Ayushman Bharat effect: Healthcare sector demands skilled workforce for success of 'Modicare' programme
With the introduction of the central government’s Ayushman Bharat National Health Protection scheme, the burden on the healthcare scheme is only expected to rise.
Ayushman Bharat National Health Protection Scheme is one of the most ambitious welfare schemes launched by the Narendra Modi government. In fact, to make it a successful scheme, the Modi government has devoted a separate AYUSH Ministry. But, to cater to the 50 crore households falling under the beneficiary list of the scheme, the healthcare sector needs a more skilled workforce that can be achieved only through more educational awareness and medical pass-outs. The industry insiders are of the opinion that disease patterns have undergone a significant shift over the last two decades, and the disease burden for non-communicable diseases has gone up — a major impediment into the success of 'Modicare.'
Speaking on the matter Savitha Kuttan, founder & CEO, Omnicuris- a health tech startup said, "With the introduction of central government’s Ayushman Bharat National Health Protection Scheme, the burden on healthcare scheme is only expected to rise. As it covers 50 crore households or 500 million people, healthcare isn’t only getting more accessible but also becoming more efficient in diagnosing and treating patients with a strong primary care system in place."
Kuttan went on to add that the need of the hour is the primary care system should be strengthened in such a way that they are capable of doing the initial assessment, diagnosis and basic management and appropriate referral if need be. "A thorough assessment and investigation at the primary care or secondary care can lead to a significant saving of resources at the territory level. The government should facilitate more Continuous Medical Education (CMEs) to upgrade their skills which can solve the problem of shortage of trained doctors," she said.
KK Ghosh, Chief Administrative Officer, Jindal Naturecure Institute said, “Disease patterns have undergone a significant shift over the last two decades, and the disease burden for non-communicable diseases has gone up. With over 60 per cent of the deaths caused by NCDs, we are in the midst of a growing epidemic. These diseases require regular visits to the hospital and put a dent in patients’ wallets and there is a growing need to educate people on the benefits of holistic preventive care systems such as yoga and naturopathy. Last year, the Union Government increased the allocation for the AYUSH Ministry by 1630 crores to promote education and research in indigenous systems of medicine."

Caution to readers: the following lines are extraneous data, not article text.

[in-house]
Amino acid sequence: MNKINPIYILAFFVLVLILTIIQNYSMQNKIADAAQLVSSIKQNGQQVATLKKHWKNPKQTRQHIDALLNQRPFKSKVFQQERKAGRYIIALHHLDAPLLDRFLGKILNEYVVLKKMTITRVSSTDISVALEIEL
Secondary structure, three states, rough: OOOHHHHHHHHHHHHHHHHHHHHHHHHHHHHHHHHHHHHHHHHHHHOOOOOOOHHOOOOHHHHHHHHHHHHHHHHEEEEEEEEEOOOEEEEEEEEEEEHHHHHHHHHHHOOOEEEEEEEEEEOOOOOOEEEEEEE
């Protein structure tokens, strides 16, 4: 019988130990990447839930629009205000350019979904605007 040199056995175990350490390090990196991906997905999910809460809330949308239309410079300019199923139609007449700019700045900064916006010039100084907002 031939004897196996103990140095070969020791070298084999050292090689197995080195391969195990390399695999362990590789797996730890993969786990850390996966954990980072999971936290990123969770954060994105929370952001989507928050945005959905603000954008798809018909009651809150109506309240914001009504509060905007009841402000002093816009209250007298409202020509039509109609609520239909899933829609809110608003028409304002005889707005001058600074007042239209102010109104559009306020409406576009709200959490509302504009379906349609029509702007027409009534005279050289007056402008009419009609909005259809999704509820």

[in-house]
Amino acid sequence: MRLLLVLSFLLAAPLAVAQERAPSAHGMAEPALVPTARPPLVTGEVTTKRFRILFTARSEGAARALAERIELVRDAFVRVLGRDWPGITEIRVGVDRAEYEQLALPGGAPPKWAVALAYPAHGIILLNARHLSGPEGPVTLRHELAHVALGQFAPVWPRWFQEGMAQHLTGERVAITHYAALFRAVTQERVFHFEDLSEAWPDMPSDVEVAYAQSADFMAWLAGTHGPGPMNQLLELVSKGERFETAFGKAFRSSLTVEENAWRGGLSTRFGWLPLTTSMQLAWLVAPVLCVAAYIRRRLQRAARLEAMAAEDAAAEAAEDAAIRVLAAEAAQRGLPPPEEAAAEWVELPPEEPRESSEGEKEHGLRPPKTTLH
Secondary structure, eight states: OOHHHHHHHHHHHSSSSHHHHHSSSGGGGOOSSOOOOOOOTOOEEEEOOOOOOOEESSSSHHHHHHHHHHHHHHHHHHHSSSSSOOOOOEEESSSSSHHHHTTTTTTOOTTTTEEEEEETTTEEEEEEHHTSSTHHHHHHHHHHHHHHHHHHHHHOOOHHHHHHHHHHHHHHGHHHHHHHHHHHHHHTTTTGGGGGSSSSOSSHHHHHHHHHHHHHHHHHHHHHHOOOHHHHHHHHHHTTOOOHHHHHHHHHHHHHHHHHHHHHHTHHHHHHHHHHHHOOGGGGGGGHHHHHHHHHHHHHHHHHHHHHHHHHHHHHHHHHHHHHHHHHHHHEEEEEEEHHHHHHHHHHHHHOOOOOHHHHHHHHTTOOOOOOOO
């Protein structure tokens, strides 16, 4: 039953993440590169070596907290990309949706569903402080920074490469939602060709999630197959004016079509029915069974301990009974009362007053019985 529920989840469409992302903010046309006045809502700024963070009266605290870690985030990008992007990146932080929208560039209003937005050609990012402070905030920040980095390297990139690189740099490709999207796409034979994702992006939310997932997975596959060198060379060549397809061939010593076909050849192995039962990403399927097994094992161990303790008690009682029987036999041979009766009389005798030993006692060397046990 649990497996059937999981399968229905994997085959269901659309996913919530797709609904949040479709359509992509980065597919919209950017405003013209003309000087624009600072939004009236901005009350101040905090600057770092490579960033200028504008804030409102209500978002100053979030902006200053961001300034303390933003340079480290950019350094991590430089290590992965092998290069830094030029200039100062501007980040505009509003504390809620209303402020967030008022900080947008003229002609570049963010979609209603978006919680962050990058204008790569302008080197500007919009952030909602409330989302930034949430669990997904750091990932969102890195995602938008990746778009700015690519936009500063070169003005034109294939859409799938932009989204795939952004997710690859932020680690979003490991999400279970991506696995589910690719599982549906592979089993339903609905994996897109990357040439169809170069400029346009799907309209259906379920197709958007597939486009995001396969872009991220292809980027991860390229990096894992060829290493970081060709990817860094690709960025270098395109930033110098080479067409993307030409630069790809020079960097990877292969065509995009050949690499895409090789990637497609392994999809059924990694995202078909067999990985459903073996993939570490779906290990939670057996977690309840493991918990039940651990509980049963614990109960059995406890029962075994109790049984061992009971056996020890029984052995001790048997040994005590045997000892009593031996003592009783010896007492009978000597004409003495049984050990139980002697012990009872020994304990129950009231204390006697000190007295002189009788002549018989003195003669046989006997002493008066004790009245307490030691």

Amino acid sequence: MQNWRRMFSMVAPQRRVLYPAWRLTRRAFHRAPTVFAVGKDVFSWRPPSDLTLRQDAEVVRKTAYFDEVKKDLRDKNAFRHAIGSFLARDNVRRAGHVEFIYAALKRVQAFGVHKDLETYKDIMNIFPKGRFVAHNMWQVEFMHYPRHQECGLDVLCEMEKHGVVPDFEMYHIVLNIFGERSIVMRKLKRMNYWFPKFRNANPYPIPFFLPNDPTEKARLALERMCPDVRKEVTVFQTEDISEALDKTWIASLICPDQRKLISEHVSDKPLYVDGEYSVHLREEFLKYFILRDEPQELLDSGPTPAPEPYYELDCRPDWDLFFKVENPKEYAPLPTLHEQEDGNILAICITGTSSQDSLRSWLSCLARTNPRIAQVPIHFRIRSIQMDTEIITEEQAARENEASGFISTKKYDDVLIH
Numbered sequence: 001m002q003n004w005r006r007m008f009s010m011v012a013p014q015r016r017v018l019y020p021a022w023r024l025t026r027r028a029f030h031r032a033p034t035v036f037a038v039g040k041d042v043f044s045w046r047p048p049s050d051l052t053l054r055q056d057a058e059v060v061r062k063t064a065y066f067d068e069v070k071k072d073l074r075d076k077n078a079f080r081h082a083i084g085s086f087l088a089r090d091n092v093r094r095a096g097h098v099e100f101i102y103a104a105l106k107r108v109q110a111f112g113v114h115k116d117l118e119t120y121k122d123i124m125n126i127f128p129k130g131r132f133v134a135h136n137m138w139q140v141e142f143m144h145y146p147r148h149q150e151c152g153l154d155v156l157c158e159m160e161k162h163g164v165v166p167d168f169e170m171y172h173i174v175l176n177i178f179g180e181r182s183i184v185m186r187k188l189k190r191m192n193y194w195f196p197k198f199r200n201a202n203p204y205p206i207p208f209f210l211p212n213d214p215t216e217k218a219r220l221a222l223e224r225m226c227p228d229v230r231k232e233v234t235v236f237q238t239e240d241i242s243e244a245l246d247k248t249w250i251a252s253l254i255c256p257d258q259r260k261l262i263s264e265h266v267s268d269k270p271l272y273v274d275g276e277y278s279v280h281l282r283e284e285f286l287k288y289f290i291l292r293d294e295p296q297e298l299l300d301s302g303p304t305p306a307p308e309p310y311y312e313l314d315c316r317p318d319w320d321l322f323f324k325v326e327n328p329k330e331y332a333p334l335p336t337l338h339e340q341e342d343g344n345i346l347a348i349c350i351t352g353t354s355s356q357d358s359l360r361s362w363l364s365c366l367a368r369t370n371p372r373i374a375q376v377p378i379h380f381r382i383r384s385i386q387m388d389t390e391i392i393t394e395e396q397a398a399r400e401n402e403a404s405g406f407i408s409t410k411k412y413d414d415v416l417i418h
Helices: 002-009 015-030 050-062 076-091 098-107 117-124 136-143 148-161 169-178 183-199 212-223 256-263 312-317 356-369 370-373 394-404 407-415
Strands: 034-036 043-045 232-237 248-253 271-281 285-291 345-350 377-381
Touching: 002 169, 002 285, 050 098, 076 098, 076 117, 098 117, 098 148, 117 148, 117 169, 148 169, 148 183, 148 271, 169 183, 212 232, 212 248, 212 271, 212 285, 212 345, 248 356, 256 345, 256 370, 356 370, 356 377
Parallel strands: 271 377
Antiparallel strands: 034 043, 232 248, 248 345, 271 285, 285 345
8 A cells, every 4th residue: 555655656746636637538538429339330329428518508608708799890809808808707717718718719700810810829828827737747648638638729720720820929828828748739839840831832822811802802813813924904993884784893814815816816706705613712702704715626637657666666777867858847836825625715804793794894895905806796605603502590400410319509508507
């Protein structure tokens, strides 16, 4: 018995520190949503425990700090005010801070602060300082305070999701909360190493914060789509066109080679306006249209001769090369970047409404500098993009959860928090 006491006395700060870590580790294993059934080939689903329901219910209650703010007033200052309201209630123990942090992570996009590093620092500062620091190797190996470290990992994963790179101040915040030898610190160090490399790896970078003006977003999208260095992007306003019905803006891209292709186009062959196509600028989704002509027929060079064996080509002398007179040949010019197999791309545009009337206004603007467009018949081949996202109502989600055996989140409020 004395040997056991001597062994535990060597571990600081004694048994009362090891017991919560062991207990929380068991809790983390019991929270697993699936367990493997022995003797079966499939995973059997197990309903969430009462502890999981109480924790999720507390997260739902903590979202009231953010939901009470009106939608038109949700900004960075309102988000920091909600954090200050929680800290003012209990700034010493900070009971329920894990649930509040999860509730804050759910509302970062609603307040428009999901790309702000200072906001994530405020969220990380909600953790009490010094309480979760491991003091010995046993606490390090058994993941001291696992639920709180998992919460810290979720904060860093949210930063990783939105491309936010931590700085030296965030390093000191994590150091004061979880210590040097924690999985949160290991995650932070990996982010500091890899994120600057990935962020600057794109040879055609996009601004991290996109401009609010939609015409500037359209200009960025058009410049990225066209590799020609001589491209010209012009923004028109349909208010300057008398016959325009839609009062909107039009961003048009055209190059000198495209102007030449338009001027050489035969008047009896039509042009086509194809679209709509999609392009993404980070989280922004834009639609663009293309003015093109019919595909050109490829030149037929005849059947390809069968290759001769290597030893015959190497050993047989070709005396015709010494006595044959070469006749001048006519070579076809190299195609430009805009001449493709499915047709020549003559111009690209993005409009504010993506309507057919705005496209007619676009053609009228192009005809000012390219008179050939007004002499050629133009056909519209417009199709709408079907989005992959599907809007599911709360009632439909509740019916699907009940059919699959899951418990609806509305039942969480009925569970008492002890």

Ghosh went on to add that when Shripad Naik assumed office as Minister of State in the AYUSH Ministry on May 30, he stressed on the need to increase the infrastructure required for the dissemination of indigenous healthcare treatments. We hope that government will increase the budgetary allocation this year, and lay out a roadmap to better integrate the use of naturopathy and yoga as these two systems can be developed with minimum cost into our primary healthcare systems. This will help us reduce the burden of NCDs in the long term and bring down the economic burden of health for patients with limited financial resources.
Demanding attention from the finance minister on matters pertaining to women's hygiene industry, Harry Sherawat , Founder at Sanfe said, "India's Feminine Hygiene Industry is one of the more shining industries and has immense potential to take the country on the global business map and improvise women empowerment initiatives by ensuring health, hygiene, and wellbeing. The need of the hour is to create a conducive atmosphere by introducing favorable policies to support women empowerment companies in the category. To improve the state of women health and hygiene at mass level there is an urgent need for GST relaxation and motivating subsidies. We expect the upcoming budget to support the creation of a robust startup ecosystem for affordable, disruptive and sustainable hygiene products." He said that the cost of research and development is already very high in the category obstructing innovation for last mile women of India. This demands for a policy draft, where startups can be allowed to collaborate with Hospitals and Labs to undergo the clinical trials and testing, helping them to grow and introduce a wide range of affordable and innovative solutions. Like large companies, startups also have to compute taxes under the minimum alternate tax (MAT) regime even though they may not have real profits. This need to be altered so that the startup does not lose capital at the initial stage.
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